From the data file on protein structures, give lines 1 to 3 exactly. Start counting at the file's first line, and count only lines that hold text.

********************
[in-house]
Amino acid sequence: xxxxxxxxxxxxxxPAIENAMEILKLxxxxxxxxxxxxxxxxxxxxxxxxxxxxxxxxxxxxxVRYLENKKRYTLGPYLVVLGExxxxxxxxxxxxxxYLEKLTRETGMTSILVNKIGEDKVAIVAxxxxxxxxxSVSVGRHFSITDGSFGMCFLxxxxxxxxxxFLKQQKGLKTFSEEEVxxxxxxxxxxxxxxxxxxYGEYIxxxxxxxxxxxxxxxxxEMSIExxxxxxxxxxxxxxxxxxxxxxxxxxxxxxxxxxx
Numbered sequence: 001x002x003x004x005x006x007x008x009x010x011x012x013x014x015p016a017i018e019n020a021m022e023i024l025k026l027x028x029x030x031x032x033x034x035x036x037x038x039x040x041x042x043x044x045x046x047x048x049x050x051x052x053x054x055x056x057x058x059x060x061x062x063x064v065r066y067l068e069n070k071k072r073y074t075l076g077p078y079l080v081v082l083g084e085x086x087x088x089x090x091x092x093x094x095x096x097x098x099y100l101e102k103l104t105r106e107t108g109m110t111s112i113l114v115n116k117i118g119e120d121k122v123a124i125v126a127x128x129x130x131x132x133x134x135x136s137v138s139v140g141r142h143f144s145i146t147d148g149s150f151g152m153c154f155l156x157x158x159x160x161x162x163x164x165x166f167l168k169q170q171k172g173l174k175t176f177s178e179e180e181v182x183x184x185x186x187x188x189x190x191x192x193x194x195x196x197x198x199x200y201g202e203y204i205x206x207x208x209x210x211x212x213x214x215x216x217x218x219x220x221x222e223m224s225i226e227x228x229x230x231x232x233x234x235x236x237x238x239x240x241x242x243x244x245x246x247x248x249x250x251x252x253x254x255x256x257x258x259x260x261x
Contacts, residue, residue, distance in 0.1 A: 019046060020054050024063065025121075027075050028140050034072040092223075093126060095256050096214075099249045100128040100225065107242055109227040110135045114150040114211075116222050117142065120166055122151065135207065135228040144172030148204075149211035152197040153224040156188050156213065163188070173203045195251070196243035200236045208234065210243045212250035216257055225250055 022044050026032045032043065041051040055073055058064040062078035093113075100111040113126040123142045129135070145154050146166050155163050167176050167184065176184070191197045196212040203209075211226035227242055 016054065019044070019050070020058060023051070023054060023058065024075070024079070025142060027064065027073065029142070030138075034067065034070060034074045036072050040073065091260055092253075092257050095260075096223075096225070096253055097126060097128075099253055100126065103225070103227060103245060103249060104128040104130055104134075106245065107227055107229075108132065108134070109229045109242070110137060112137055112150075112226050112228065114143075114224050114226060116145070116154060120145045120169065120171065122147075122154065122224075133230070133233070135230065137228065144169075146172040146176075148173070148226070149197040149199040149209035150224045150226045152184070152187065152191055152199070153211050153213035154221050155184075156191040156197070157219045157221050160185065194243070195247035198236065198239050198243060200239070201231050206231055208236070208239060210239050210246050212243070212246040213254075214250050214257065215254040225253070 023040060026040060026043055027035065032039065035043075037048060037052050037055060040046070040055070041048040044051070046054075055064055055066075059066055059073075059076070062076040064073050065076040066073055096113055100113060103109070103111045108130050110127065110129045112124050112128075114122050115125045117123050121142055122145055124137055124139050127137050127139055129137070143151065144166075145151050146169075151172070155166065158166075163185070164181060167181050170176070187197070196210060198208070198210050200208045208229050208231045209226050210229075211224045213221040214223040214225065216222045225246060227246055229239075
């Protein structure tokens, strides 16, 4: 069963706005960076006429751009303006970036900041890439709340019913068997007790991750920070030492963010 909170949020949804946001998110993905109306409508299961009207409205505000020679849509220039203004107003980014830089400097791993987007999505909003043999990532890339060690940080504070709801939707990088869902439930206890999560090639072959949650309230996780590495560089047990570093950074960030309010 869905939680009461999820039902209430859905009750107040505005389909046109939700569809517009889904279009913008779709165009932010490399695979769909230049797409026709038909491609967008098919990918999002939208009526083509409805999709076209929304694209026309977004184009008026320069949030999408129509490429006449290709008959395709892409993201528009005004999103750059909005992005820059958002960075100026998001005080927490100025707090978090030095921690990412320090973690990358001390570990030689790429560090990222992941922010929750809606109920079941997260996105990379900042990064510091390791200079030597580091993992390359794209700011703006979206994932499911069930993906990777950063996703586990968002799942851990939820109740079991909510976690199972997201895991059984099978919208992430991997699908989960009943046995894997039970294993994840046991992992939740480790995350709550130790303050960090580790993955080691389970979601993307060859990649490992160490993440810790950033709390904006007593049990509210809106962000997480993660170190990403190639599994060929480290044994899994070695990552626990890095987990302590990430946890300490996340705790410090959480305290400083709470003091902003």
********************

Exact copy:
[in-house]
Amino acid sequence: xxxxxxxxxxxxxxPAIENAMEILKLxxxxxxxxxxxxxxxxxxxxxxxxxxxxxxxxxxxxxVRYLENKKRYTLGPYLVVLGExxxxxxxxxxxxxxYLEKLTRETGMTSILVNKIGEDKVAIVAxxxxxxxxxSVSVGRHFSITDGSFGMCFLxxxxxxxxxxFLKQQKGLKTFSEEEVxxxxxxxxxxxxxxxxxxYGEYIxxxxxxxxxxxxxxxxxEMSIExxxxxxxxxxxxxxxxxxxxxxxxxxxxxxxxxxx
Numbered sequence: 001x002x003x004x005x006x007x008x009x010x011x012x013x014x015p016a017i018e019n020a021m022e023i024l025k026l027x028x029x030x031x032x033x034x035x036x037x038x039x040x041x042x043x044x045x046x047x048x049x050x051x052x053x054x055x056x057x058x059x060x061x062x063x064v065r066y067l068e069n070k071k072r073y074t075l076g077p078y079l080v081v082l083g084e085x086x087x088x089x090x091x092x093x094x095x096x097x098x099y100l101e102k103l104t105r106e107t108g109m110t111s112i113l114v115n116k117i118g119e120d121k122v123a124i125v126a127x128x129x130x131x132x133x134x135x136s137v138s139v140g141r142h143f144s145i146t147d148g149s150f151g152m153c154f155l156x157x158x159x160x161x162x163x164x165x166f167l168k169q170q171k172g173l174k175t176f177s178e179e180e181v182x183x184x185x186x187x188x189x190x191x192x193x194x195x196x197x198x199x200y201g202e203y204i205x206x207x208x209x210x211x212x213x214x215x216x217x218x219x220x221x222e223m224s225i226e227x228x229x230x231x232x233x234x235x236x237x238x239x240x241x242x243x244x245x246x247x248x249x250x251x252x253x254x255x256x257x258x259x260x261x